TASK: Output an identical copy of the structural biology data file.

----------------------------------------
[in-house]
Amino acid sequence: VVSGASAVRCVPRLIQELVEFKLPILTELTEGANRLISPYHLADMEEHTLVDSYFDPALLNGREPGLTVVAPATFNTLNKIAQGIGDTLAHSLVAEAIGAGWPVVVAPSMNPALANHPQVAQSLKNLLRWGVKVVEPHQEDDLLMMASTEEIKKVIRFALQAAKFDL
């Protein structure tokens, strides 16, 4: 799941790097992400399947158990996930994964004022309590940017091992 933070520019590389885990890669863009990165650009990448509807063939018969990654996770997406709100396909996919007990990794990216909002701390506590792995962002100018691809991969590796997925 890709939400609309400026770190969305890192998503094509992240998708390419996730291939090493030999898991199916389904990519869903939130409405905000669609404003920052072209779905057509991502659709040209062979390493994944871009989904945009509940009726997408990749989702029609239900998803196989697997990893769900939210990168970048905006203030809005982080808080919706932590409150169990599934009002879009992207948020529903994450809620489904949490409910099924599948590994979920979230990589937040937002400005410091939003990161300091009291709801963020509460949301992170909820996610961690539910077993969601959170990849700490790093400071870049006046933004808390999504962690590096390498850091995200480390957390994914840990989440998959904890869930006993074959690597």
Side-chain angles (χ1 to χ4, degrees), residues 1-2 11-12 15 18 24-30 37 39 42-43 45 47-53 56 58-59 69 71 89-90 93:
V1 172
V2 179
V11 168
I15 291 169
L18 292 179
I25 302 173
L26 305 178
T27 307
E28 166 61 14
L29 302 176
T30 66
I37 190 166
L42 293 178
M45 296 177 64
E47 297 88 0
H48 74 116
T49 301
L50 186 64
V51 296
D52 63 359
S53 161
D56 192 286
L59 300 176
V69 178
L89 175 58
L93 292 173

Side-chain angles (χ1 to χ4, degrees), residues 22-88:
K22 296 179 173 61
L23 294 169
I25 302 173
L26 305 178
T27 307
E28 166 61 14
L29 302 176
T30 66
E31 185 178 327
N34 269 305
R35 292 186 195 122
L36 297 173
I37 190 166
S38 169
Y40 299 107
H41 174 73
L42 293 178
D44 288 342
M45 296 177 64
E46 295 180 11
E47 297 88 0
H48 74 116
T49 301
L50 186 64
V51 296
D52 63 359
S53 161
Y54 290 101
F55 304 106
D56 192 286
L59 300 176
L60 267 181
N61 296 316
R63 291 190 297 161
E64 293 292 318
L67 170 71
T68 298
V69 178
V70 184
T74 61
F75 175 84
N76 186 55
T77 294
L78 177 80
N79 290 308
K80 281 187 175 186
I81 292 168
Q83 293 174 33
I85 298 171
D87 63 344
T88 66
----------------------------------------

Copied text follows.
[in-house]
Amino acid sequence: VVSGASAVRCVPRLIQELVEFKLPILTELTEGANRLISPYHLADMEEHTLVDSYFDPALLNGREPGLTVVAPATFNTLNKIAQGIGDTLAHSLVAEAIGAGWPVVVAPSMNPALANHPQVAQSLKNLLRWGVKVVEPHQEDDLLMMASTEEIKKVIRFALQAAKFDL
């Protein structure tokens, strides 16, 4: 799941790097992400399947158990996930994964004022309590940017091992 933070520019590389885990890669863009990165650009990448509807063939018969990654996770997406709100396909996919007990990794990216909002701390506590792995962002100018691809991969590796997925 890709939400609309400026770190969305890192998503094509992240998708390419996730291939090493030999898991199916389904990519869903939130409405905000669609404003920052072209779905057509991502659709040209062979390493994944871009989904945009509940009726997408990749989702029609239900998803196989697997990893769900939210990168970048905006203030809005982080808080919706932590409150169990599934009002879009992207948020529903994450809620489904949490409910099924599948590994979920979230990589937040937002400005410091939003990161300091009291709801963020509460949301992170909820996610961690539910077993969601959170990849700490790093400071870049006046933004808390999504962690590096390498850091995200480390957390994914840990989440998959904890869930006993074959690597």
Side-chain angles (χ1 to χ4, degrees), residues 1-2 11-12 15 18 24-30 37 39 42-43 45 47-53 56 58-59 69 71 89-90 93:
V1 172
V2 179
V11 168
I15 291 169
L18 292 179
I25 302 173
L26 305 178
T27 307
E28 166 61 14
L29 302 176
T30 66
I37 190 166
L42 293 178
M45 296 177 64
E47 297 88 0
H48 74 116
T49 301
L50 186 64
V51 296
D52 63 359
S53 161
D56 192 286
L59 300 176
V69 178
L89 175 58
L93 292 173

Side-chain angles (χ1 to χ4, degrees), residues 22-88:
K22 296 179 173 61
L23 294 169
I25 302 173
L26 305 178
T27 307
E28 166 61 14
L29 302 176
T30 66
E31 185 178 327
N34 269 305
R35 292 186 195 122
L36 297 173
I37 190 166
S38 169
Y40 299 107
H41 174 73
L42 293 178
D44 288 342
M45 296 177 64
E46 295 180 11
E47 297 88 0
H48 74 116
T49 301
L50 186 64
V51 296
D52 63 359
S53 161
Y54 290 101
F55 304 106
D56 192 286
L59 300 176
L60 267 181
N61 296 316
R63 291 190 297 161
E64 293 292 318
L67 170 71
T68 298
V69 178
V70 184
T74 61
F75 175 84
N76 186 55
T77 294
L78 177 80
N79 290 308
K80 281 187 175 186
I81 292 168
Q83 293 174 33
I85 298 171
D87 63 344
T88 66